Speaking of the atmosphere, Cyanide absolutely nailed it here. Darkwater, and the locations you’ll visit on the island, is a dreary, miserable looking place. Once a thriving whaling city, it’s now completely run down.
Of course Darkwater isn’t just a down on its luck little community. There’s some sinister stuff going on that Edward will soon discover as he investigates a burned mansion, an asylum, some caves, and a few other locations.
There’s a green tint that’s ever present. At first, I found that a little annoying as I don’t generally like filters. As I kept playing, I grew to like it, or at least tolerate it. It helped add to the feeling of unease and insanity the game was going for.
Gameplay wise, Call of Cthulhu is a mixed bag. Most of your time playing will be as an investigator doing investigator stuff. It’s not quite on the detective heavy styling of the Sherlock Holmes games (also published by Focus Home), but for the most part you’re walking, looking for clues, reading, and talking to the people you meet.
For some, that’ll sound boring, but these are the best parts of the game. From a purely gameplay perspective, say the first seven or eight chapters of this 14 chapter game, is the best part.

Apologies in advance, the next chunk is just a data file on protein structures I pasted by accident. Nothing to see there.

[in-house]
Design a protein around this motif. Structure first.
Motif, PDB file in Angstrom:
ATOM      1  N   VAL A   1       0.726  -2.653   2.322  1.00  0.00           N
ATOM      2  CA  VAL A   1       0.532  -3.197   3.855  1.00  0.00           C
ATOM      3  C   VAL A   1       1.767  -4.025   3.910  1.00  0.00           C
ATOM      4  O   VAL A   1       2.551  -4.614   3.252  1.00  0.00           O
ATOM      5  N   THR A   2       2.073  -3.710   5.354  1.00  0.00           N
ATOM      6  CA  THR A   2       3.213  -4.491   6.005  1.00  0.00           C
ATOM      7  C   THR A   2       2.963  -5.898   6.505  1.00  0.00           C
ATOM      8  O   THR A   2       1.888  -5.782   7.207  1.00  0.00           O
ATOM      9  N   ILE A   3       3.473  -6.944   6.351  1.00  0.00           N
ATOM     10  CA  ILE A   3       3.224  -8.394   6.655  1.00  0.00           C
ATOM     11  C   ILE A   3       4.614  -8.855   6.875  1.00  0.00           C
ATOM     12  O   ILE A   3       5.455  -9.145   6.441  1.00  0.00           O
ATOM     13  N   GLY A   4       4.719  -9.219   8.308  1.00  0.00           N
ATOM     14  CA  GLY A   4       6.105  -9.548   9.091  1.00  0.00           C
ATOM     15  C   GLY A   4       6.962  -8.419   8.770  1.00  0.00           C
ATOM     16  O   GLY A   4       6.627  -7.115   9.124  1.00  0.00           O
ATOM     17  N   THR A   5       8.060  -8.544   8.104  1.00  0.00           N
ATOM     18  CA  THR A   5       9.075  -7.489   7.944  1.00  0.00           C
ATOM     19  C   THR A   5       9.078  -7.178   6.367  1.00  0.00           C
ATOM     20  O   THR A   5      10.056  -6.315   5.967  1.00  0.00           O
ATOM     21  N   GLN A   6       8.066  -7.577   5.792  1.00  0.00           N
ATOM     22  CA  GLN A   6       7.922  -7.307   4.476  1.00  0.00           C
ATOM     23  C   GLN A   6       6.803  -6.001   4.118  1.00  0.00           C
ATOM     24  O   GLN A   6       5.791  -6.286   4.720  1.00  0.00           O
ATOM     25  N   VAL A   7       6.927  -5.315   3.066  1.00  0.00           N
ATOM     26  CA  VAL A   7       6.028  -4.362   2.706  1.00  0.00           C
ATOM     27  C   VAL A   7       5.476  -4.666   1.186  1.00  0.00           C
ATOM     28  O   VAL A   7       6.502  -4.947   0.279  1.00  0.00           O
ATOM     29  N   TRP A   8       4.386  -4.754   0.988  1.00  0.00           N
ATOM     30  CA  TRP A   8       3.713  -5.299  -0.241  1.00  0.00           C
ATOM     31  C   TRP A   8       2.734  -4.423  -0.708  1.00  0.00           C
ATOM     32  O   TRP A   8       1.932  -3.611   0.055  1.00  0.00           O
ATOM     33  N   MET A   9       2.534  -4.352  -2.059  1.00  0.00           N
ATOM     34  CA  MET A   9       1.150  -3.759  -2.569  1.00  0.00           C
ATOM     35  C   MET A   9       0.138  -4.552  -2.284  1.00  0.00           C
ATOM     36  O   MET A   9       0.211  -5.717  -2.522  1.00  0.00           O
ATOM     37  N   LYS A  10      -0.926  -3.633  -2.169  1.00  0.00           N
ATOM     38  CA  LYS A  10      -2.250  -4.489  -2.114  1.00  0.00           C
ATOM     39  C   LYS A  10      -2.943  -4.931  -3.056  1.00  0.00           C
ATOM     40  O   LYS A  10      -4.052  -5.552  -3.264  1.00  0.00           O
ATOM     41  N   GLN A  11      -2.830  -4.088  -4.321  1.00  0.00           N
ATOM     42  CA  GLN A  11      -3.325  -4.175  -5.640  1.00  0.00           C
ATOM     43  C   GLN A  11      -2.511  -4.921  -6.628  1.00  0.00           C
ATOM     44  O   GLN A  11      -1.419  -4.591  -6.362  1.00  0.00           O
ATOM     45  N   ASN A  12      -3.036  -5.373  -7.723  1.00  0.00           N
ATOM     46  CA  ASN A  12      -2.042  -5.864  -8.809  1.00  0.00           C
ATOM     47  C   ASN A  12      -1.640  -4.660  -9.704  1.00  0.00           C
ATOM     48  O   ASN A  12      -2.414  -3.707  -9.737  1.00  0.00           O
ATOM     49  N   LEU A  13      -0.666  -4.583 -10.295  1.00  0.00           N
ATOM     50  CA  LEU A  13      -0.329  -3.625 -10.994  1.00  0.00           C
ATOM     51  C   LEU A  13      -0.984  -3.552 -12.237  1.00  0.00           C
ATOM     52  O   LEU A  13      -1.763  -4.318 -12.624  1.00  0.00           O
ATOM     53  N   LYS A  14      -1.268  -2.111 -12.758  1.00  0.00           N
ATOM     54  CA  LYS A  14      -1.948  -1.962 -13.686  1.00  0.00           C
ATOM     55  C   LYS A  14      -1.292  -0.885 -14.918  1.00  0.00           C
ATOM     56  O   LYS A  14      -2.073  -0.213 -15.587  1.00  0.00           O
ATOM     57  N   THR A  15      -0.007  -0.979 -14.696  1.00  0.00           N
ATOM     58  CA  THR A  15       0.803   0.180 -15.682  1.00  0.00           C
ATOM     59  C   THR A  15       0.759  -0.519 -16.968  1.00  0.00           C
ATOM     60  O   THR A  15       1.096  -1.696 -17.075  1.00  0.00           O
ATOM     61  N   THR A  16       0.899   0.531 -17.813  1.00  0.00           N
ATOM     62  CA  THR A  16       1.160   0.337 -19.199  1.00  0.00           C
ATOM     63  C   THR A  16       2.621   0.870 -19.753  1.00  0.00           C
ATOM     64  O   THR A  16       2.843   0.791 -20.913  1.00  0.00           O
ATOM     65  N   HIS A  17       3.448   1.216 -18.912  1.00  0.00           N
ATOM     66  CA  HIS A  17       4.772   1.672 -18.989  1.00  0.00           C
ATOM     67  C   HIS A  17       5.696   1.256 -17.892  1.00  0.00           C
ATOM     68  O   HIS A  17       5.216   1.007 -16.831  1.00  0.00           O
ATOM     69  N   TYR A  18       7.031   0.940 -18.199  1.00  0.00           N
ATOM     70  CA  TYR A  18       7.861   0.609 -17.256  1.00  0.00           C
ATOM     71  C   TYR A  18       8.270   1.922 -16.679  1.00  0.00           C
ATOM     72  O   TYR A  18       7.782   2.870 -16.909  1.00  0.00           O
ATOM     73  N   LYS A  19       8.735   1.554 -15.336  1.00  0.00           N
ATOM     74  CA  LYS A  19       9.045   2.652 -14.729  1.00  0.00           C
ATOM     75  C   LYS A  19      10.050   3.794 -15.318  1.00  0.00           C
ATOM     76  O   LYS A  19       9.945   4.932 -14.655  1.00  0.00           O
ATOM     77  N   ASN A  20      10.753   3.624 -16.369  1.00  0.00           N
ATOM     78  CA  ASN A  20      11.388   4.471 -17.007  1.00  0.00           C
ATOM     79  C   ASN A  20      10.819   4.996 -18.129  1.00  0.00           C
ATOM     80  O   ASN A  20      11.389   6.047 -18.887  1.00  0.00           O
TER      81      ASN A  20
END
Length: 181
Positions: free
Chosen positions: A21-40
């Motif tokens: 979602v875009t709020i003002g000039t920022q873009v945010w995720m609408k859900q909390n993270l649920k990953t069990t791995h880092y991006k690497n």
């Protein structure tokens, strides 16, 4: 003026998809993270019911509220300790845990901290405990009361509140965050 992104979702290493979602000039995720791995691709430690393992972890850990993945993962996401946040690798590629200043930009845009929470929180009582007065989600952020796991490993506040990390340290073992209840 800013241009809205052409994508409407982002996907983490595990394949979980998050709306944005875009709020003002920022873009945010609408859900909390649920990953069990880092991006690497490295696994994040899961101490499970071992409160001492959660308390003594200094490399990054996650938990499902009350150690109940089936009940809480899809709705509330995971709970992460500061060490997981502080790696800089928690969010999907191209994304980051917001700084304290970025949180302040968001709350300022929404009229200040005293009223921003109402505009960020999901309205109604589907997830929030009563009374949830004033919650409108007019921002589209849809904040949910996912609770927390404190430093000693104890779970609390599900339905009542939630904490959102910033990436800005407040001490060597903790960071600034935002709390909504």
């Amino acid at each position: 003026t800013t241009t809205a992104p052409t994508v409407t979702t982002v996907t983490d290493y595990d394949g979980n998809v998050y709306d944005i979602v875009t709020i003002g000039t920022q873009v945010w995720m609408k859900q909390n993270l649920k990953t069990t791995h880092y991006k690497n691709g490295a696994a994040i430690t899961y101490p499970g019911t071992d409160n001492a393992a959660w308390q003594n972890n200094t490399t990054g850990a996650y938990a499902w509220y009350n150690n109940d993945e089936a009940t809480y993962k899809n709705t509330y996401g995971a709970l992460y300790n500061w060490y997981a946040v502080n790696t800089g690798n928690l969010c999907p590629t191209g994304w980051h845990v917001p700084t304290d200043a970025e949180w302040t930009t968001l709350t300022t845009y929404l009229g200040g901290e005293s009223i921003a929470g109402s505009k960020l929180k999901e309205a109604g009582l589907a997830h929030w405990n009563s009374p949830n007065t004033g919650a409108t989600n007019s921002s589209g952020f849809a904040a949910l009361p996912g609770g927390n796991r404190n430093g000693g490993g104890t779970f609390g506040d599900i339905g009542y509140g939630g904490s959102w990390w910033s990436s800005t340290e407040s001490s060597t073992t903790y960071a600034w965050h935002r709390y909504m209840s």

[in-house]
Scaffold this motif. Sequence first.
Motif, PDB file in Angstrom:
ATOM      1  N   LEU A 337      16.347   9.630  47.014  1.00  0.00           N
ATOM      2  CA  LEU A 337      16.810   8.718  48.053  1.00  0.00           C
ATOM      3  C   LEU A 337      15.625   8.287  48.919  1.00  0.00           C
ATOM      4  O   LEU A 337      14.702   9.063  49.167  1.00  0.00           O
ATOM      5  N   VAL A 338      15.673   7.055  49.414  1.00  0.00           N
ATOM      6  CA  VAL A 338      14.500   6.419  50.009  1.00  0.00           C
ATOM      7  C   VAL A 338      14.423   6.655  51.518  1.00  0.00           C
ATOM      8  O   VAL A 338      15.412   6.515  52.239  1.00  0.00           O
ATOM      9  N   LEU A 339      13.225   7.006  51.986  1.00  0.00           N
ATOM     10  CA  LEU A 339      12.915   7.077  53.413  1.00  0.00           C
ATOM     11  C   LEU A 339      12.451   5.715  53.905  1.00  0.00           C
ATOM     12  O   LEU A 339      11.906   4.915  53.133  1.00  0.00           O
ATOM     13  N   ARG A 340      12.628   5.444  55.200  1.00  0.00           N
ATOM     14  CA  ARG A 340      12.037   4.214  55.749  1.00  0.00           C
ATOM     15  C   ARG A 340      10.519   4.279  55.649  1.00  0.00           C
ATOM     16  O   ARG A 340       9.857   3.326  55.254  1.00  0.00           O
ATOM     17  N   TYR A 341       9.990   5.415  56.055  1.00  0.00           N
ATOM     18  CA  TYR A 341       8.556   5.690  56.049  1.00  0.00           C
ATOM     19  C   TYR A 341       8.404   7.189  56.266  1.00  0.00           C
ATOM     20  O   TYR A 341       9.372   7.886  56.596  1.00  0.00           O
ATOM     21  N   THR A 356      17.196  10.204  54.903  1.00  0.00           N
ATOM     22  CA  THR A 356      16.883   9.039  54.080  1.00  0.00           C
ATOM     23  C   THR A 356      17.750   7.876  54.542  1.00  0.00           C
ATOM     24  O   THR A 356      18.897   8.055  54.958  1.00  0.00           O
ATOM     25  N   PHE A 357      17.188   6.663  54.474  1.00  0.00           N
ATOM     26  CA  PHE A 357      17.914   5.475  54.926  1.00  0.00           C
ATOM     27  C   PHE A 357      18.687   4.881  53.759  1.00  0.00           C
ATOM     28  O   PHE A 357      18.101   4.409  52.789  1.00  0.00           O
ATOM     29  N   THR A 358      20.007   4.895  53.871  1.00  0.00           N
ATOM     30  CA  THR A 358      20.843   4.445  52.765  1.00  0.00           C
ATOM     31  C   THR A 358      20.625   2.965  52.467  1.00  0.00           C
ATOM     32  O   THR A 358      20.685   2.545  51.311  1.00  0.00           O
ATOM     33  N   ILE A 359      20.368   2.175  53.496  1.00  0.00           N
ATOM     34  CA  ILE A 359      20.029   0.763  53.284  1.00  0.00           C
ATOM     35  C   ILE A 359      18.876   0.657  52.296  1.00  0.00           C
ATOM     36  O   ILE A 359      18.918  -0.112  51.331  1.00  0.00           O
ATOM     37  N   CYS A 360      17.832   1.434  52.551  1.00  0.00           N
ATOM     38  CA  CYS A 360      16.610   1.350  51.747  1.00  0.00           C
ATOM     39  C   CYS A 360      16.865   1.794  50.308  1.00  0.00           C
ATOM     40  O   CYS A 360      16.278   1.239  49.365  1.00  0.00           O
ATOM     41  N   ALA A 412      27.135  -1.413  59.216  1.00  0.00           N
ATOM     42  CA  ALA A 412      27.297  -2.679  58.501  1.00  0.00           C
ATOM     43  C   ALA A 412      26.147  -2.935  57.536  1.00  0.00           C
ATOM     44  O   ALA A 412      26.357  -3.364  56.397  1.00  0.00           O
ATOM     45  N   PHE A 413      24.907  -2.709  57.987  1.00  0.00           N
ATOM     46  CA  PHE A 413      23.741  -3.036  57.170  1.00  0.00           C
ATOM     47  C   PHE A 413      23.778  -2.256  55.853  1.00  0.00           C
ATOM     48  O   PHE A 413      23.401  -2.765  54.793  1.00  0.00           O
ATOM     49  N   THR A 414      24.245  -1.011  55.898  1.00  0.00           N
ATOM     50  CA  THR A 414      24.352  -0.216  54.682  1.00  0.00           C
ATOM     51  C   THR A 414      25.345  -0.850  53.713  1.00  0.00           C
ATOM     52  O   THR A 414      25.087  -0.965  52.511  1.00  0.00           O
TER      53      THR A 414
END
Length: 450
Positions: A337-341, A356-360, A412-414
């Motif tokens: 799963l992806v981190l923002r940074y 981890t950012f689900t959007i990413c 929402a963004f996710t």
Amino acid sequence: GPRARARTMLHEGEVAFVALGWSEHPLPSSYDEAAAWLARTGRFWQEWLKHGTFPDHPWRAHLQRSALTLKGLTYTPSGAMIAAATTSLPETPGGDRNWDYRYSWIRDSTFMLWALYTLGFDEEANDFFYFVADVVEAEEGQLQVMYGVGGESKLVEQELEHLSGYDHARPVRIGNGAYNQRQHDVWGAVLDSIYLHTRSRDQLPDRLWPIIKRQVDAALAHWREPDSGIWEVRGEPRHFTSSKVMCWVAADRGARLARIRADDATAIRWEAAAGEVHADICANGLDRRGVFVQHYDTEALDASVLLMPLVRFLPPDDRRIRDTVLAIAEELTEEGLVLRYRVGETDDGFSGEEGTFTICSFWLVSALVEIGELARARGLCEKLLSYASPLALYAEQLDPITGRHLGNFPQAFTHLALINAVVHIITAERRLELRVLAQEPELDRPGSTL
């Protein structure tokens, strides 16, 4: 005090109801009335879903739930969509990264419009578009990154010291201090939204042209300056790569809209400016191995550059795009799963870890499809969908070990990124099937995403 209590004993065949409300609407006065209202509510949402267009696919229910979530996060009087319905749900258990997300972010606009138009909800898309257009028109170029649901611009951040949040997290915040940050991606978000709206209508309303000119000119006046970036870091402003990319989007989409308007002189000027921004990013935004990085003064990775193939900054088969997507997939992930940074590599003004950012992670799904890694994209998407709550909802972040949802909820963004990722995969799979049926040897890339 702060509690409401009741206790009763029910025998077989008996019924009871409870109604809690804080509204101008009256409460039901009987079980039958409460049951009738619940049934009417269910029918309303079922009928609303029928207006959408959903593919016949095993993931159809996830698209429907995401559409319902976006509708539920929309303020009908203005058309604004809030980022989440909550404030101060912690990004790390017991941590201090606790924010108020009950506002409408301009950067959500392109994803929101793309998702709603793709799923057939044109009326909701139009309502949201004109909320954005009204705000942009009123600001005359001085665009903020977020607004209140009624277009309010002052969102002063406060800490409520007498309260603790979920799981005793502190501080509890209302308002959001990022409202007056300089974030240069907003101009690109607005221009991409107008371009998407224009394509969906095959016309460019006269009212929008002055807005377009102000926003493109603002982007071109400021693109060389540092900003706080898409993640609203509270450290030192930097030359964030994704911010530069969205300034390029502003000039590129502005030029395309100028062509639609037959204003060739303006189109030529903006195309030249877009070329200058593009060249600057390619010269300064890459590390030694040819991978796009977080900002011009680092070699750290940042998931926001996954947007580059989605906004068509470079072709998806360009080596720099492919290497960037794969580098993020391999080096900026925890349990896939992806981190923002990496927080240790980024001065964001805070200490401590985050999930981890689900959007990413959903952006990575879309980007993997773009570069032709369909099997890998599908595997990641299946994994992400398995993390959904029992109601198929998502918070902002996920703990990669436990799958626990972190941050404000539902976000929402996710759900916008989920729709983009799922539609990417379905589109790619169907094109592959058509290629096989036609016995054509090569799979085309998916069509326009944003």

The game is at its best when you’re immersed in the role of investigator Pierce. You walk around the environment and you find clues and items. These can help you understand things as well as open up dialogue options when talking with the various characters’ you’ll encounter.
You can also, at times, enter what is called “reconstruction mode.” This allows you examine evidence and “see” what transpired in a past event. What caused the fire at the Hawkins mansion? Did the family have a fight? When it clicks, you’ll see stuff and think it before the game tells you and that’s your “aha, I’m an detective” moment.
Exploring the genuinely creepy locations, reconstructing past events, and examining items is a lot of fun. I’d argue it’s what the whole game should have been, alongside of course the essentially interviews with townsfolk. And while there may be some animation issues here and there, the interviewing is the heart of the game.